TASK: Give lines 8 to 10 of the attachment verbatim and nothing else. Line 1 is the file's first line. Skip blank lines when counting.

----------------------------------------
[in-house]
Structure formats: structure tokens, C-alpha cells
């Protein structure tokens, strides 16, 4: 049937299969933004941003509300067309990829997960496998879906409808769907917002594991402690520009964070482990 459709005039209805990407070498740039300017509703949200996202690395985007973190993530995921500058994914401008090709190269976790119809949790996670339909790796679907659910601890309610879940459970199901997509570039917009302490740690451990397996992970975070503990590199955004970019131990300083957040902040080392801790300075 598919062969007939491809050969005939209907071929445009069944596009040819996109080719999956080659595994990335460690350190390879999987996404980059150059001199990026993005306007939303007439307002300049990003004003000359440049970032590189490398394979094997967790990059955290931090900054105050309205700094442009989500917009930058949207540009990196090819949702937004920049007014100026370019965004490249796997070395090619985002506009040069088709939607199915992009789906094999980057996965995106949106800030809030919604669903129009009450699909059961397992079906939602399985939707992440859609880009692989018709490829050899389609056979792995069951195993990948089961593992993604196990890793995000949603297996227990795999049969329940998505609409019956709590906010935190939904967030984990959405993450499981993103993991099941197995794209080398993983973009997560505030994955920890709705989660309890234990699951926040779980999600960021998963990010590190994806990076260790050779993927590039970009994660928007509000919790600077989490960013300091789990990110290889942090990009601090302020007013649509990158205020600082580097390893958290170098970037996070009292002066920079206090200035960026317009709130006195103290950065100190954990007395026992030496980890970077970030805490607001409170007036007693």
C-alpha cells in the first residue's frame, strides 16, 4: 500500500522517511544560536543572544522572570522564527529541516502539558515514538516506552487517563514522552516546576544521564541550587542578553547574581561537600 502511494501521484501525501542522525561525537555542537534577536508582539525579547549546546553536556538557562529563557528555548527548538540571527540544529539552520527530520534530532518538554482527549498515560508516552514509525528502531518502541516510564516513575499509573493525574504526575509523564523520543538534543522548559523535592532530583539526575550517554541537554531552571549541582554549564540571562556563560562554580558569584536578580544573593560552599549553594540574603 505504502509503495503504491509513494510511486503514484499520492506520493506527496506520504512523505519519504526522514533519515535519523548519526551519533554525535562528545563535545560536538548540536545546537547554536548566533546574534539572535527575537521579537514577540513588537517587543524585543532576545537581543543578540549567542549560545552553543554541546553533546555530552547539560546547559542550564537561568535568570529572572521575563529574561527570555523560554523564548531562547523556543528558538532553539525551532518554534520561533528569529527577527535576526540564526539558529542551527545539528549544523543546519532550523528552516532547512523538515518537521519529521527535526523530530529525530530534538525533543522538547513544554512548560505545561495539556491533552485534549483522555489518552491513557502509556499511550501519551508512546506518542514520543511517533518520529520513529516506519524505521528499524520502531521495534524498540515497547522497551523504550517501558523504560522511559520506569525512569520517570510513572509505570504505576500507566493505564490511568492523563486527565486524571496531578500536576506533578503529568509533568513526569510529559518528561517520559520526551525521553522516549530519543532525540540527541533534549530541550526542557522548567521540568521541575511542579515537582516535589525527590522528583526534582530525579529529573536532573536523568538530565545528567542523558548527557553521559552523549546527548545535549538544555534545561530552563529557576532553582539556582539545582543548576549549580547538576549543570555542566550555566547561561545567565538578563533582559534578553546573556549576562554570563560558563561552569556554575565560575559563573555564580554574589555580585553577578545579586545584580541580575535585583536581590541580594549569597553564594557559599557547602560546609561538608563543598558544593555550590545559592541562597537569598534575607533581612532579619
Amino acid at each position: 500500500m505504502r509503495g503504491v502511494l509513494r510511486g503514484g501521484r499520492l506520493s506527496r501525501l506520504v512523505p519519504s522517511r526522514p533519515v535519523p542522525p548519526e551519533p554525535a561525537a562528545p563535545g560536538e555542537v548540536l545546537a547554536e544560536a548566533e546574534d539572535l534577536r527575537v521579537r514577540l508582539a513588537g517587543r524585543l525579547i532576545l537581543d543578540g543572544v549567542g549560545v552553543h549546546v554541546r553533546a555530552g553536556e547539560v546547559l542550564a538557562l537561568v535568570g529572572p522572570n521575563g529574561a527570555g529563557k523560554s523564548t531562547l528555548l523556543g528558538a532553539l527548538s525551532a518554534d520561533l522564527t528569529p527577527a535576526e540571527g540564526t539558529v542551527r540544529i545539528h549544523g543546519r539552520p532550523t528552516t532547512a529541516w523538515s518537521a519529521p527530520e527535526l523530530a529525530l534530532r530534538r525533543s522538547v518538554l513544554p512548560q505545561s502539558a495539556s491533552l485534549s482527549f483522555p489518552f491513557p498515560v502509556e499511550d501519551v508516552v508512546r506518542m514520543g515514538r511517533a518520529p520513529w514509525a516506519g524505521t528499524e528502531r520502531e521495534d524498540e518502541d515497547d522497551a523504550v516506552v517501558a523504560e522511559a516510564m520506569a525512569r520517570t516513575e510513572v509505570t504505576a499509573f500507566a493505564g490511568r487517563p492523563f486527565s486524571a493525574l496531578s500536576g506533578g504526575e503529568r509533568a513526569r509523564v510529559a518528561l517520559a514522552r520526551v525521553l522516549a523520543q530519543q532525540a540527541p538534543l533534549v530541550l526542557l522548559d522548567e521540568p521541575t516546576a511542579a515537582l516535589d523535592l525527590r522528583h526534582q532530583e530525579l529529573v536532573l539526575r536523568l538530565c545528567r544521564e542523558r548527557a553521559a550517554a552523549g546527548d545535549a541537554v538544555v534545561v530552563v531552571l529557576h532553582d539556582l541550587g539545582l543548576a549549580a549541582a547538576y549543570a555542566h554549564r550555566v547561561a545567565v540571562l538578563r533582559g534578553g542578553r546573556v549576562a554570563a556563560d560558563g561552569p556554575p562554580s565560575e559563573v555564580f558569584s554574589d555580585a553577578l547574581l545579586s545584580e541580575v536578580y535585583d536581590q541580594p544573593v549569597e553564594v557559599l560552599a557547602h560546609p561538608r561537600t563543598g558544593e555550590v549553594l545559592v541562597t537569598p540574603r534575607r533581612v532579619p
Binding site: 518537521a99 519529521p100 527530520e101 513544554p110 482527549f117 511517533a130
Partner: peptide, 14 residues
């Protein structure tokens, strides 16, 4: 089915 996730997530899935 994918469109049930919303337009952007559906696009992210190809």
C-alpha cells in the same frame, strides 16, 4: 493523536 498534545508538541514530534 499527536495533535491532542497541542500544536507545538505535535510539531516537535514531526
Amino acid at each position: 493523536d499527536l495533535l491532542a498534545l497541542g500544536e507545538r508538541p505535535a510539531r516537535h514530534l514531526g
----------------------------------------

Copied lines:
């Protein structure tokens, strides 16, 4: 089915 996730997530899935 994918469109049930919303337009952007559906696009992210190809």
C-alpha cells in the same frame, strides 16, 4: 493523536 498534545508538541514530534 499527536495533535491532542497541542500544536507545538505535535510539531516537535514531526
Amino acid at each position: 493523536d499527536l495533535l491532542a498534545l497541542g500544536e507545538r508538541p505535535a510539531r516537535h514530534l514531526g